I would expect that the following code would just initialise the dict_a, dict_b and dict_c dictionaries. But it seams to have a copy through effect:

dict_a = dict_b = dict_c = {}
dict_c['hello'] = 'goodbye'

print dict_a
print dict_b
print dict_c

As you can see the result is as follows:

{'hello': 'goodbye'}
{'hello': 'goodbye'}
{'hello': 'goodbye'}

Why does that program give the previous result, When I would expect it to return:

{'hello': 'goodbye'}
  • No tutorial, I was just applying concepts I thought worked in languages such as Java. – Marcus Whybrow Mar 15 '10 at 15:55

This is because in Python, variables (names) are just references to individual objects. When you assign dict_a = dict_b, you are really copying a memory address (or pointer, if you will) from dict_b to dict_a. There is still one instance of that dictionary.

To get the desired behavior, use either the dict.copy method, or use copy.deepcopy if your dict may have nested dicts or other nested objects.

>>> a = {1:2}
>>> b = a.copy()
>>> b
{1: 2}
>>> b[3] = 4
>>> a
{1: 2}
>>> b
{1: 2, 3: 4}
  • So dictionaries are objects, would this still be the case with say an integer variable or would the type of a variable have no impact on it being an object? – Marcus Whybrow Mar 13 '10 at 15:51
  • Integers are immutable so I'm not sure how you would intend to reproduce this behavior. In any case, literal values for some types are interned (ie there is only one instance of each). You can verify that two integer variables containing the same value actually point to the same instance of the integer via the id() function. – danben Mar 13 '10 at 15:53
  • 1
    In any case, everything in Python is an object. To see the functions that belong to the integer object 1, you can execute dir(1). – danben Mar 13 '10 at 15:54
  • 12
    Everything is an object, and variables are names that we assign to objects (not the other way around!) So if you do a = b = c = 1; a +=1, then everything gets assigned to the object 1, and then a gets assigned to the object 2. With mutable objects like lists, dicts and sets, you can change the object itself, which will be seen by all names assigned to that object, but with ints, strings, tuples, and other immutable objects, all you can do is assign the name to a different object. – jcdyer Mar 13 '10 at 16:01
  • Ah I see, that makes perfect sense. – Marcus Whybrow Mar 13 '10 at 16:10

Even though

>>> dict_a, dict_b, dict_c = {}, {}, {}

is the right way to go in most cases, when it get more than 3 it looks weird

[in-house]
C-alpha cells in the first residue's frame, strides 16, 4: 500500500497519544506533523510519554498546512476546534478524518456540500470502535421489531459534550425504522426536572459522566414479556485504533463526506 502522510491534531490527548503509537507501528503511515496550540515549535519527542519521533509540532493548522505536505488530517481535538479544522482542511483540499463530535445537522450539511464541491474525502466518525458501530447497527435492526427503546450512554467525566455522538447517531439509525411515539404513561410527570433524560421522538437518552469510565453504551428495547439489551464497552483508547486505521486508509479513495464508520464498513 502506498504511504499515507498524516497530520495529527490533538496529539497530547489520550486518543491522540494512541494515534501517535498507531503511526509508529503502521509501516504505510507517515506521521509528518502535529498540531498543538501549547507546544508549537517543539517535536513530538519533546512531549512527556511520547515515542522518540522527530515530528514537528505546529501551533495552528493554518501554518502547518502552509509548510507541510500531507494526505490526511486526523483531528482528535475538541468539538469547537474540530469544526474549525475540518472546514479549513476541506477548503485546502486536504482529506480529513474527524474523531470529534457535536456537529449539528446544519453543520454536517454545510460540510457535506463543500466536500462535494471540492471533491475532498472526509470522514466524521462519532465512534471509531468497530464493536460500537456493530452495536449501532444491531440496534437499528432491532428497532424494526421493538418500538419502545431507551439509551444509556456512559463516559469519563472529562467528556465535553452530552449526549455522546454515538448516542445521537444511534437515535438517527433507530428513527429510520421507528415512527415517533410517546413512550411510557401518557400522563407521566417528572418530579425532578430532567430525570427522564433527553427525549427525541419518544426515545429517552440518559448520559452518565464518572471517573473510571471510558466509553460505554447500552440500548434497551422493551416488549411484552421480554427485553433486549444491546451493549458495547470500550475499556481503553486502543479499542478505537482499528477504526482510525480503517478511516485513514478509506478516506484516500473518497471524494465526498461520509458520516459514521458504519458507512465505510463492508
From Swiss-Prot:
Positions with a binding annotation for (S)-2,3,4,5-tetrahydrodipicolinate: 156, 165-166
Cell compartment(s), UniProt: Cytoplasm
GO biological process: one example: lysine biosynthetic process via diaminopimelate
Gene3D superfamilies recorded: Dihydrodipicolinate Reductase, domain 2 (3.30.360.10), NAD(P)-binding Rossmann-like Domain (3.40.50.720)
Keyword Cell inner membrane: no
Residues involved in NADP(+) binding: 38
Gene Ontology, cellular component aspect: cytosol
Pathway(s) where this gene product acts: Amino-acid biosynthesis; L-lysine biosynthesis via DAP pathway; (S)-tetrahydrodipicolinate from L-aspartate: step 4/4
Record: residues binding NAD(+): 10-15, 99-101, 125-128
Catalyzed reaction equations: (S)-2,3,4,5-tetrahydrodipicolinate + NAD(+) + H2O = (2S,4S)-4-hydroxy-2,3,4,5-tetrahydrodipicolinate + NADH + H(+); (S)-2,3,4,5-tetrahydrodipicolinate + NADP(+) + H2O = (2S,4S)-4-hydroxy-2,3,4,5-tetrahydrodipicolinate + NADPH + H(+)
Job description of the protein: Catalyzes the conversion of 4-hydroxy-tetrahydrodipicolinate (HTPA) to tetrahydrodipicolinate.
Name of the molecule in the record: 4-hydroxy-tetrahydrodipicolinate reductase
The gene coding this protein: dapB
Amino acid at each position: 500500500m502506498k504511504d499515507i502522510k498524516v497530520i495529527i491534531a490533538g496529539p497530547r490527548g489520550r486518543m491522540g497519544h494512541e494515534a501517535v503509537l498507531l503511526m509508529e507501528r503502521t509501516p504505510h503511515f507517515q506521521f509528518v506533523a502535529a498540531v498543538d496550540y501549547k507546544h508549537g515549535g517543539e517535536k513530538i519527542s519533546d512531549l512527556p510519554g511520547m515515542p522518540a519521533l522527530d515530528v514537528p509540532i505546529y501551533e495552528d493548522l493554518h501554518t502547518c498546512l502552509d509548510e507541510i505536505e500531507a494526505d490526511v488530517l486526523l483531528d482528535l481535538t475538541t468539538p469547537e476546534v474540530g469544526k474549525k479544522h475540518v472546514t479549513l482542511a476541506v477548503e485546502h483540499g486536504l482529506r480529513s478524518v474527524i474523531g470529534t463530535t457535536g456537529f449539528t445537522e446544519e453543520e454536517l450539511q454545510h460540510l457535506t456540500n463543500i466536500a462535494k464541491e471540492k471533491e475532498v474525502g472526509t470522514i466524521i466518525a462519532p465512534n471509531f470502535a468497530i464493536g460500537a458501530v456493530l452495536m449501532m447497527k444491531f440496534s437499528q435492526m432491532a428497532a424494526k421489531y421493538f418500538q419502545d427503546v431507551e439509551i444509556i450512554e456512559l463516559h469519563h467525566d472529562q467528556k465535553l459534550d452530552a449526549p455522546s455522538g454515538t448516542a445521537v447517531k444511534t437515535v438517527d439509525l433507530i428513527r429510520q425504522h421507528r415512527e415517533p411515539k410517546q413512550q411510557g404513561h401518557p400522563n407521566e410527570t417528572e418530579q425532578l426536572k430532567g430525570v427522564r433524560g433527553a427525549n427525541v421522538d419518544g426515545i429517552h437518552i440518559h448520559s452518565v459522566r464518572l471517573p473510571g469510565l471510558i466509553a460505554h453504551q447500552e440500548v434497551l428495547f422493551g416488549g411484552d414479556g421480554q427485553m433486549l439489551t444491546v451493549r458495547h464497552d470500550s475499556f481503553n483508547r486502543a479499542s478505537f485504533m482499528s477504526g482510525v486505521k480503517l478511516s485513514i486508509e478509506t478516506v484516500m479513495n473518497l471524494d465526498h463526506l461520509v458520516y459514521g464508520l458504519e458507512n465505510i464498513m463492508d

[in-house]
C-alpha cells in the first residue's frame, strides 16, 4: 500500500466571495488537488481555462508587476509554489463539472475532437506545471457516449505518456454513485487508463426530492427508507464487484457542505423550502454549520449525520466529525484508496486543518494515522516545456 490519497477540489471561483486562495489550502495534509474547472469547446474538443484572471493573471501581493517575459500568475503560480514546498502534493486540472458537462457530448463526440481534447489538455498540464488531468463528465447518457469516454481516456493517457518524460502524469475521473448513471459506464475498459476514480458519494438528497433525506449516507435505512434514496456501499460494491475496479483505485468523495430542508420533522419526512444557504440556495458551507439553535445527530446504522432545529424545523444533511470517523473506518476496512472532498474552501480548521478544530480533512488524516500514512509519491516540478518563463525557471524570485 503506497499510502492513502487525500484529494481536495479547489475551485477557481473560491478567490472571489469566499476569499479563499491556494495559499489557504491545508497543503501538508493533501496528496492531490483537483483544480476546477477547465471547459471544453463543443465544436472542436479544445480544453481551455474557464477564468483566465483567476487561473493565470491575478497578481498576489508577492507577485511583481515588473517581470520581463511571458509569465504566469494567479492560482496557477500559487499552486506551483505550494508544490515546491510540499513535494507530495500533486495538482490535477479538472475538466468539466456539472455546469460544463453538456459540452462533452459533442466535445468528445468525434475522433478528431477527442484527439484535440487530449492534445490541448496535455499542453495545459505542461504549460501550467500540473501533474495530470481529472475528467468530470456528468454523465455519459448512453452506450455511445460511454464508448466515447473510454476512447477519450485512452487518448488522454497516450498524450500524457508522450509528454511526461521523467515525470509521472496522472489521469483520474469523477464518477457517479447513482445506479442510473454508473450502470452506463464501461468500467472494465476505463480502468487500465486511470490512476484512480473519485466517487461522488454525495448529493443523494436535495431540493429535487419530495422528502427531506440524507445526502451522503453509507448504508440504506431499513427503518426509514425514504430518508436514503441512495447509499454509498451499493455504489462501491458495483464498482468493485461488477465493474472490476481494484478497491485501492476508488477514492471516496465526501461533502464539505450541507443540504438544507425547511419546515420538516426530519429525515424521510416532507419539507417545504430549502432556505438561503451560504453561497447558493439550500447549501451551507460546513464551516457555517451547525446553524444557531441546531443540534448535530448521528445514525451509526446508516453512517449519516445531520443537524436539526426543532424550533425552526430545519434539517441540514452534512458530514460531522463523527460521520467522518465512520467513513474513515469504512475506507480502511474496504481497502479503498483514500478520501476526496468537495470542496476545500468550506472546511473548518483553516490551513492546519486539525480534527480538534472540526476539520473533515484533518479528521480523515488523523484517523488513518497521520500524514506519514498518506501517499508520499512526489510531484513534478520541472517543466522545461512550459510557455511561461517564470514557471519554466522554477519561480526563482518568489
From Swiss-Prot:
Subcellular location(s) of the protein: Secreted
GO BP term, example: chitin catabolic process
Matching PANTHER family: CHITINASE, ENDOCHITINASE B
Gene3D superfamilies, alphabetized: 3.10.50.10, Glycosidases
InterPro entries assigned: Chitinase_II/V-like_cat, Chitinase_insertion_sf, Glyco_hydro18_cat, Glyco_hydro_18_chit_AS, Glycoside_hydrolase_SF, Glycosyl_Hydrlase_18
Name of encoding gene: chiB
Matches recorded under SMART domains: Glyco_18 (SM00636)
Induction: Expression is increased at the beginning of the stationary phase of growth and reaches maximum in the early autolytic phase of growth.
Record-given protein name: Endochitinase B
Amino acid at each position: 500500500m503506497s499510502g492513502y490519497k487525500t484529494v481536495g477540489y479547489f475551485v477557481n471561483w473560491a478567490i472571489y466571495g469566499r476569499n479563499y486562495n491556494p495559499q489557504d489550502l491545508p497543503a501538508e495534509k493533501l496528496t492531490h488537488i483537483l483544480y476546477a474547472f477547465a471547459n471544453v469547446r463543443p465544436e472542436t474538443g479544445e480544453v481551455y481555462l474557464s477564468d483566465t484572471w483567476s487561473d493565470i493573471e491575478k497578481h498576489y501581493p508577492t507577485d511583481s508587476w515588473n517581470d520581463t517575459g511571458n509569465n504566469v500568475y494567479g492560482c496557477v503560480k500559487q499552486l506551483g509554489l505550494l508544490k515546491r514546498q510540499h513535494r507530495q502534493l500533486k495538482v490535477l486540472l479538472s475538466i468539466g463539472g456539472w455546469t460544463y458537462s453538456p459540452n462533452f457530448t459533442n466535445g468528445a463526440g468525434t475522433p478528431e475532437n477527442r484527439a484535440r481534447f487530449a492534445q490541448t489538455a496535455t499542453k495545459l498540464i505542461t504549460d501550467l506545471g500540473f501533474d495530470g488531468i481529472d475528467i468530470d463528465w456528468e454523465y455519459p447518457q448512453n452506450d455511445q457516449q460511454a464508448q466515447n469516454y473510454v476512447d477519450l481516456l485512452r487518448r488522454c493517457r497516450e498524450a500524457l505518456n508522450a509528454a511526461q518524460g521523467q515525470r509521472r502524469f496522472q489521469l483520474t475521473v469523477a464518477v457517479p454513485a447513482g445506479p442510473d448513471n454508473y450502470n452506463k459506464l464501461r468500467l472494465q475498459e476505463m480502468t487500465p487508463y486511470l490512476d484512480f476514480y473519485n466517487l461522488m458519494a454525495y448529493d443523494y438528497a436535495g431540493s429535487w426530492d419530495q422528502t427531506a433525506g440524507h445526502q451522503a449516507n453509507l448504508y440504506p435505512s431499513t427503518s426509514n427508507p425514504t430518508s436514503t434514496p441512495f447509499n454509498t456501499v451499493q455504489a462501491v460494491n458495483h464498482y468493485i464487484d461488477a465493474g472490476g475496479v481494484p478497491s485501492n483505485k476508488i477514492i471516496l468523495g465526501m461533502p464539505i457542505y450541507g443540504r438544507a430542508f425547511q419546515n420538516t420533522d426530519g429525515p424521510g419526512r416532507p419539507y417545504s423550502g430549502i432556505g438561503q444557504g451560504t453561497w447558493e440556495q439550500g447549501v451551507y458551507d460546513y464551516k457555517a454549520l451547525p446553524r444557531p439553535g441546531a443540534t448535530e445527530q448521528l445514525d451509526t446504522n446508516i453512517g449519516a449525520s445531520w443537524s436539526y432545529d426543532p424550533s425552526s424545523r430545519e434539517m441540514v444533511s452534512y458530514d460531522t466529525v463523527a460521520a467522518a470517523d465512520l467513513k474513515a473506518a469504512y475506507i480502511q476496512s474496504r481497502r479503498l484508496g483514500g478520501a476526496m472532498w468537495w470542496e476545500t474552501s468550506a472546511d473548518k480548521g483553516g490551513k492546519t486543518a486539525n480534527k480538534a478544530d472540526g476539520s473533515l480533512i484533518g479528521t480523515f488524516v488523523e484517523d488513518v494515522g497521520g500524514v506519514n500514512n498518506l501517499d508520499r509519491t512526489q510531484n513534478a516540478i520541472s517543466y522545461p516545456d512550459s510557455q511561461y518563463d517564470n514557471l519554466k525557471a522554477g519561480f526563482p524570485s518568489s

>>> a, b, c, d, e, f = {}, {}, {}, {}, {}, {}

In cases where I wanna initialize more than 3 things, I use

>>> a, b, c, d, e, f, = [dict() for x in range(6)]

Caution: Do not use [{} for x in range(6)]

  • 3
    "Caution: Do not use [{} for x in range(6)]" Why not? the element expression gets executed once for each iteration, and each time a literal {} gets executed, it returns a new dict. In fact, this should be preferred over dict() since it avoids a function call. – SingleNegationElimination Jul 22 '11 at 20:43
  • @TokenMacGuy, yes and no. Now that I re-read what I wrote I see your point. {} gets initialized everytime time. That said {} is just a syntax sugar for dict(). You're not saving anything by using former. – Jeffrey Jose Jul 24 '11 at 10:09
  • 6
    Jeffrey Jose: Doubting Thomas aye? import dis; print dis.dis(lambda: dict()); print dis.dis(lambda:{}) – SingleNegationElimination Jul 25 '11 at 14:21
  • 1
    @TokenMacGuy. Doh! I should have dis'd before making any claims. I stand corrected. – Jeffrey Jose Jul 25 '11 at 15:52

As danben previously said, you're just copying the same dict into 3 variables, so that each one reffers to the same object.

To get the behaviour you want, you should instanciate a different dict in each variable:

>>> dict_a, dict_b, dict_c = {}, {}, {}
>>> dict_c['hello'] = 'goodbye'
>>> print dict_a
>>> print dict_b
>>> print dict_c
{'hello': 'goodbye'}
  • Thanks, this was what I was intending to do when I stumbled upon this subject. Although its not an answer to the question, thanks very much. – Marcus Whybrow Mar 13 '10 at 18:04

Your first assignment assigns the same dictionary object to the variables dict_a, dict_b, and dict_c. It is equivalent to dict_c = {}; dict_b = dict_c; dict_a = dict_c.

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